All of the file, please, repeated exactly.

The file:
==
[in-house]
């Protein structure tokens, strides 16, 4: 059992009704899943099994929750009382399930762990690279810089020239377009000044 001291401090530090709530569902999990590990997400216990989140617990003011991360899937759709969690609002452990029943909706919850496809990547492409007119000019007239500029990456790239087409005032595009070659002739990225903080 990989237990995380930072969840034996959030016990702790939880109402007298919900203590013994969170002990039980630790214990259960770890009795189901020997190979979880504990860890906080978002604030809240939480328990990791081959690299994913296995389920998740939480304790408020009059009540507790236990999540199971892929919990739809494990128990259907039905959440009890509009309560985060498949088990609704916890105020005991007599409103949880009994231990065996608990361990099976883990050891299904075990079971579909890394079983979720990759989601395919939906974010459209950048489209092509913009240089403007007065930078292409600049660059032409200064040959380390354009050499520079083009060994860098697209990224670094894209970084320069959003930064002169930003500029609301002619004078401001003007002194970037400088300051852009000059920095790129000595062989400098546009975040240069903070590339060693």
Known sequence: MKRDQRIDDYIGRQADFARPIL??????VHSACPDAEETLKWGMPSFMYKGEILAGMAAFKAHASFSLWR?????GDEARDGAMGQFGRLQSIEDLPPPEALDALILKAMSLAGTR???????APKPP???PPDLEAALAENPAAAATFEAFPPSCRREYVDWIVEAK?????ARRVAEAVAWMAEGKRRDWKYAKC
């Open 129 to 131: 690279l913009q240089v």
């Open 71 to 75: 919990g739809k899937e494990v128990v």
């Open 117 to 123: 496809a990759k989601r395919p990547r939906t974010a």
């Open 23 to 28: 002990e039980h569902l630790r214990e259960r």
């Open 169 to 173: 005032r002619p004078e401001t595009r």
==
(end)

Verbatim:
[in-house]
């Protein structure tokens, strides 16, 4: 059992009704899943099994929750009382399930762990690279810089020239377009000044 001291401090530090709530569902999990590990997400216990989140617990003011991360899937759709969690609002452990029943909706919850496809990547492409007119000019007239500029990456790239087409005032595009070659002739990225903080 990989237990995380930072969840034996959030016990702790939880109402007298919900203590013994969170002990039980630790214990259960770890009795189901020997190979979880504990860890906080978002604030809240939480328990990791081959690299994913296995389920998740939480304790408020009059009540507790236990999540199971892929919990739809494990128990259907039905959440009890509009309560985060498949088990609704916890105020005991007599409103949880009994231990065996608990361990099976883990050891299904075990079971579909890394079983979720990759989601395919939906974010459209950048489209092509913009240089403007007065930078292409600049660059032409200064040959380390354009050499520079083009060994860098697209990224670094894209970084320069959003930064002169930003500029609301002619004078401001003007002194970037400088300051852009000059920095790129000595062989400098546009975040240069903070590339060693």
Known sequence: MKRDQRIDDYIGRQADFARPIL??????VHSACPDAEETLKWGMPSFMYKGEILAGMAAFKAHASFSLWR?????GDEARDGAMGQFGRLQSIEDLPPPEALDALILKAMSLAGTR???????APKPP???PPDLEAALAENPAAAATFEAFPPSCRREYVDWIVEAK?????ARRVAEAVAWMAEGKRRDWKYAKC
């Open 129 to 131: 690279l913009q240089v």
């Open 71 to 75: 919990g739809k899937e494990v128990v």
């Open 117 to 123: 496809a990759k989601r395919p990547r939906t974010a």
């Open 23 to 28: 002990e039980h569902l630790r214990e259960r």
């Open 169 to 173: 005032r002619p004078e401001t595009r």